It's been a hard battle since the controversial XM and Sirius satellite radio merger was proposed in February 2007, and now it's finally going to be approved.
This week the FCC's vote was two to two, and now we're just waiting on Commissioner Deborah Taylor Tate to vote to approve the deal.
Tate has agreed to vote for approval, but only if the companies agree to cap prices for subscriptions, agree to make radios that receive both of their signals, and set aside channels for educational and minority programming. The companies have already agreed to pay nearly $20 million to settle complaints about violations of FCC rules. And since the two companies have already basically agreed to such requirements, it seems like now it's only a matter of time.
There are still some loud voices of dissent; Commissioner Jonathan Adelstein is concerned about the merged company having too much power. He pointed out that XM-Sirius would have "more spectrum than AM and FM combined." He's obviously concerned about protecting consumers from the concentration of power. Adelstein said he'd only vote for the deal if the companies agreed to extend their price cap for six years, and allocate more channels for educational and minority programming.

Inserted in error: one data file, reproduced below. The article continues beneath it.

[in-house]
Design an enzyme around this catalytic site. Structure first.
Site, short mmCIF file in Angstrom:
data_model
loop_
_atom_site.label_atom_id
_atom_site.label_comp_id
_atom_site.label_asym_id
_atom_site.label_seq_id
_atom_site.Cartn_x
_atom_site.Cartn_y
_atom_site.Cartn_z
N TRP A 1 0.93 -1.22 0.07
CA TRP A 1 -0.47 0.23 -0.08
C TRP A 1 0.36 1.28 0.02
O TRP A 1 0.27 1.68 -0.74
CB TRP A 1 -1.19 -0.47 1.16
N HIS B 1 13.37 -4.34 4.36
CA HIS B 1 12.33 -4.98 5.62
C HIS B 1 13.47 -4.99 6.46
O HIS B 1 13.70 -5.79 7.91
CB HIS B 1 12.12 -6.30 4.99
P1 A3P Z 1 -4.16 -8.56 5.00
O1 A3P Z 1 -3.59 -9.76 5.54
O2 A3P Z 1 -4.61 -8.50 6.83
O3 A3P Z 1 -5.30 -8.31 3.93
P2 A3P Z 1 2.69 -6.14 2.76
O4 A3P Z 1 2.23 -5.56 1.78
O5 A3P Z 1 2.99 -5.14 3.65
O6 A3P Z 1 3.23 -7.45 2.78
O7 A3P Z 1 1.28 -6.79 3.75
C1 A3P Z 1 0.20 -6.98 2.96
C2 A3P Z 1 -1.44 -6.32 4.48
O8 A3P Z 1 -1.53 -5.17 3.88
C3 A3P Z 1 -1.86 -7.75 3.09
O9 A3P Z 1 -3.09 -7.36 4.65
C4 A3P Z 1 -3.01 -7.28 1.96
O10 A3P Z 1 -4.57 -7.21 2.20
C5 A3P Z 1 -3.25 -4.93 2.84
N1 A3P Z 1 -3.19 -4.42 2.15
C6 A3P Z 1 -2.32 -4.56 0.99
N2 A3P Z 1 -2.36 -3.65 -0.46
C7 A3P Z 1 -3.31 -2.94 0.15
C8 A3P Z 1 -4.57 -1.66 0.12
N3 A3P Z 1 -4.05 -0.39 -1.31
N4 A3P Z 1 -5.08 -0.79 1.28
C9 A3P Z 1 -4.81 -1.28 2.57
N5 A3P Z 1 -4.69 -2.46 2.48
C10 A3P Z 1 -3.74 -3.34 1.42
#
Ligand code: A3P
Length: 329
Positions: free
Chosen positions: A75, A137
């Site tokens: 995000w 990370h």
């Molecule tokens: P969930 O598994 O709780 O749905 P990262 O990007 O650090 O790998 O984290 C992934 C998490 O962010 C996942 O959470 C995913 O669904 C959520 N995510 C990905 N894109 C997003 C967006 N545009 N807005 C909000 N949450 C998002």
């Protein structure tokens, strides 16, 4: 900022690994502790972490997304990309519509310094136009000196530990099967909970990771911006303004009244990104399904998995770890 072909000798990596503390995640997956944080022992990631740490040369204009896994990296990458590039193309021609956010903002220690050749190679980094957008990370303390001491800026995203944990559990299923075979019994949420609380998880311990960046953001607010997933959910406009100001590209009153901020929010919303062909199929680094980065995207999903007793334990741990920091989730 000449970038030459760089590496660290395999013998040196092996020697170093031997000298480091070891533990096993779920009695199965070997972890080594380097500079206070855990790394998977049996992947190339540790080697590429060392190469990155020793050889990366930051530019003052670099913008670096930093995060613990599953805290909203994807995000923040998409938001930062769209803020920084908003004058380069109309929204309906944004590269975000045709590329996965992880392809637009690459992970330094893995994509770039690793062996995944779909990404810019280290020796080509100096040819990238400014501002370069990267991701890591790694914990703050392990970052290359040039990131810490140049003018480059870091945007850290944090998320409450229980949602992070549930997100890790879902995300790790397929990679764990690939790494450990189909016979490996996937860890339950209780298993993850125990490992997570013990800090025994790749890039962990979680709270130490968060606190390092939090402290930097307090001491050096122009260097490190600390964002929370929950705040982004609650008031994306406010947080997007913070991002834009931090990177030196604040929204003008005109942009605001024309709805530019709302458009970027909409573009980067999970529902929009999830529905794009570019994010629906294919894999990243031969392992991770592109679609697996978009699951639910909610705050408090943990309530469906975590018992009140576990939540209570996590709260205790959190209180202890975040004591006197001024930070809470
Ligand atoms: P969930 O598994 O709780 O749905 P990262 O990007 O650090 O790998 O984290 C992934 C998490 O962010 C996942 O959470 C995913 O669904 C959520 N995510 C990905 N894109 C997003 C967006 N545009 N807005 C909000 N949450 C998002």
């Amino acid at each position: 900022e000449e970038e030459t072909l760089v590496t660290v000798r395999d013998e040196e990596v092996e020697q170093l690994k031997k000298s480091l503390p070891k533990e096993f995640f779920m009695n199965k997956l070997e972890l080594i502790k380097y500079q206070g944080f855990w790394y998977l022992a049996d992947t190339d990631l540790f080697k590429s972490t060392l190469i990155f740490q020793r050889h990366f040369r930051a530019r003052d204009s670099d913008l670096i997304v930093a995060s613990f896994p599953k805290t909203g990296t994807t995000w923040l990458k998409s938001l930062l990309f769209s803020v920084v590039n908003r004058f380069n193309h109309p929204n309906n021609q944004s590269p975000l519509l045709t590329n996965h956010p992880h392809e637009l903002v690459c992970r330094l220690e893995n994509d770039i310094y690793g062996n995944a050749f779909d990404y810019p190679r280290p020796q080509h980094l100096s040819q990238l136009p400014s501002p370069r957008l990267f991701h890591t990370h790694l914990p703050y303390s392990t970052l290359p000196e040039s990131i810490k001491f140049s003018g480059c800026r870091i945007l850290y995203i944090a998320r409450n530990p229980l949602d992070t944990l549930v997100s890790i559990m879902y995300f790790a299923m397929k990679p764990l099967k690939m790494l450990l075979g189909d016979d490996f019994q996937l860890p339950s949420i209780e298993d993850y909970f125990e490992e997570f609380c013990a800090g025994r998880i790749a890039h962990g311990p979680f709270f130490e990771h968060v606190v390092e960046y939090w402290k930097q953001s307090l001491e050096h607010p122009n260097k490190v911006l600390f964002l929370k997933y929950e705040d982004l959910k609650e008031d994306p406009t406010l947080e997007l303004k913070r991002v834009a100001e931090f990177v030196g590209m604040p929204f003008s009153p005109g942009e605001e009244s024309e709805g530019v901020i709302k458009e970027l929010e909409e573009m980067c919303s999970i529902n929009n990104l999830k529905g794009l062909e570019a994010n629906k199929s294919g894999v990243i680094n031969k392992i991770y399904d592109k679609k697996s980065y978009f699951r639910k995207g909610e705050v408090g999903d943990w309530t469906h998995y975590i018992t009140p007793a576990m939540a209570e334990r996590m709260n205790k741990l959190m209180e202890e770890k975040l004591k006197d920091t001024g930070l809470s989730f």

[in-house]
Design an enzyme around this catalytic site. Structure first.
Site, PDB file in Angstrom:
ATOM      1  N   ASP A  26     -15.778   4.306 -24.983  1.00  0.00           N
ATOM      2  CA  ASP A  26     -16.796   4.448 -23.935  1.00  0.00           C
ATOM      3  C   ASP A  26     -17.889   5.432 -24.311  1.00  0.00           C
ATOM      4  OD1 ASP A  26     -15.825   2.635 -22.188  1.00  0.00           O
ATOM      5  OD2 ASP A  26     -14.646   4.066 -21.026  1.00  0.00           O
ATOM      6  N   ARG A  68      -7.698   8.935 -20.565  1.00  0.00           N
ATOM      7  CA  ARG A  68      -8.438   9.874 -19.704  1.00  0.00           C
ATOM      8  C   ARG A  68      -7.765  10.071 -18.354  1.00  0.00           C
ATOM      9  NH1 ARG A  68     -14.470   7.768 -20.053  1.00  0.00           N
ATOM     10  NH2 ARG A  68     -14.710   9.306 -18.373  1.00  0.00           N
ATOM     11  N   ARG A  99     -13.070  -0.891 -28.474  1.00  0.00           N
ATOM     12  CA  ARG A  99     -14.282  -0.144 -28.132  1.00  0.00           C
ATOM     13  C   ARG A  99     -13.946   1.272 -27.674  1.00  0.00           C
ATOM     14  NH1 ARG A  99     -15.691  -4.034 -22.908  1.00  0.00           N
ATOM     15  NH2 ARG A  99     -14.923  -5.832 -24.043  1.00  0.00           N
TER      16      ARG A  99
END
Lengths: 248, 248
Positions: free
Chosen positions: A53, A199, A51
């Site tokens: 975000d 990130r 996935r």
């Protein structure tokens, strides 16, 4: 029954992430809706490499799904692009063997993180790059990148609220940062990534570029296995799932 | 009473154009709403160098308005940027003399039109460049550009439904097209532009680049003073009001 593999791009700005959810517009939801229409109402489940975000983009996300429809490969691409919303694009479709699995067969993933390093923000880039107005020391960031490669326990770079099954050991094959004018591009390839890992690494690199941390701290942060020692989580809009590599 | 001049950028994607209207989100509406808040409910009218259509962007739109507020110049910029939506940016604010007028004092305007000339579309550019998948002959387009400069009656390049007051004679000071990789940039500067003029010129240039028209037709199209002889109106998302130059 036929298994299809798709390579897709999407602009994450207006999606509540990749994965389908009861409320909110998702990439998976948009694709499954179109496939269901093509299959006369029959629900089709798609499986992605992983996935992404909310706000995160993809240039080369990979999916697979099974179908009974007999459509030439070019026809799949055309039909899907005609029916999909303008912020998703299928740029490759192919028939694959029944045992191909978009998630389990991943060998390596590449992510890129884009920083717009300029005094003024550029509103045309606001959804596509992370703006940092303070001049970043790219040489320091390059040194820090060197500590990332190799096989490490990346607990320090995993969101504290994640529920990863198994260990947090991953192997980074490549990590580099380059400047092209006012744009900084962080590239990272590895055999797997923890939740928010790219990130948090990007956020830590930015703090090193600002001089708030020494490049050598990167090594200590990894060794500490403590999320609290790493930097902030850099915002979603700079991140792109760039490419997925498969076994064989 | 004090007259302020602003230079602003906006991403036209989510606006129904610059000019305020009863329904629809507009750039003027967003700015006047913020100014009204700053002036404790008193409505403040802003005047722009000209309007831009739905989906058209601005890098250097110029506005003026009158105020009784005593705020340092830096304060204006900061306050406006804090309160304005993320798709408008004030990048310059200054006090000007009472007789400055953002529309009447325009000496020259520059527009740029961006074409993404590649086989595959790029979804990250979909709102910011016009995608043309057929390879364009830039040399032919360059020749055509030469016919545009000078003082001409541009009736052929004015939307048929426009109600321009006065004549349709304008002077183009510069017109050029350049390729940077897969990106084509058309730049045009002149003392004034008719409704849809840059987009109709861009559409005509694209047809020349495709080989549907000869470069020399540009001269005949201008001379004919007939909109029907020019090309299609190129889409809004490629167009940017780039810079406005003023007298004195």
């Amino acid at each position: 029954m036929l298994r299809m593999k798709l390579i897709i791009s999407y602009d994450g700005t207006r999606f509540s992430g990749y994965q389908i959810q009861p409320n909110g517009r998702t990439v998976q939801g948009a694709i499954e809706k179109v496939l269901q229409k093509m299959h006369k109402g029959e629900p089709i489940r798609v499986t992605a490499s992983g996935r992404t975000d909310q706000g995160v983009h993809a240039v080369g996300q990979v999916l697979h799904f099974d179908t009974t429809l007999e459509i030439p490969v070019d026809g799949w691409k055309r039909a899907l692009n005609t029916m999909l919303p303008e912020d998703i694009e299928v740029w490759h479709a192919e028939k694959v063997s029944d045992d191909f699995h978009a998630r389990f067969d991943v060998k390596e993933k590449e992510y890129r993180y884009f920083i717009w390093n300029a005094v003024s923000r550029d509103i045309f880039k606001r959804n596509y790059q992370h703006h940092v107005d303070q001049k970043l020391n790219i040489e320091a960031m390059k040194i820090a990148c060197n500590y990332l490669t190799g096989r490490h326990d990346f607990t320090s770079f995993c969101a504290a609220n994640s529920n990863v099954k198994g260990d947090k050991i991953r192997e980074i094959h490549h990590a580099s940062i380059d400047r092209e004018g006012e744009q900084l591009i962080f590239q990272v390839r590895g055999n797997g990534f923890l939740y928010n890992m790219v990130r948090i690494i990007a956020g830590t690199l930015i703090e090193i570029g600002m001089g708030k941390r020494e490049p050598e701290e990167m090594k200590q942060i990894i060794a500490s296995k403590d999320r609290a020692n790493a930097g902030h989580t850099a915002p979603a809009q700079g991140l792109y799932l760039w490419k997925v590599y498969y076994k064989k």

But now shareholders should be celebrating--or at least sighing with relief--that the deal is fianlly getting done. Neither of the companies on their own could attract enough users to attain or sustain profitability. So the companies are also quite relieved; they were eager to get FCC approval with enough time to put new combined Sirius/XMradios on the market in time for the holiday shopping season, when these companies always get a boost. Now that they're going to be able to merge their offerings, you can bet they're hoping for a boost as consumers, relieved they don't have to make a choice.
Questions? Comments? MediaMoney@cnbc.com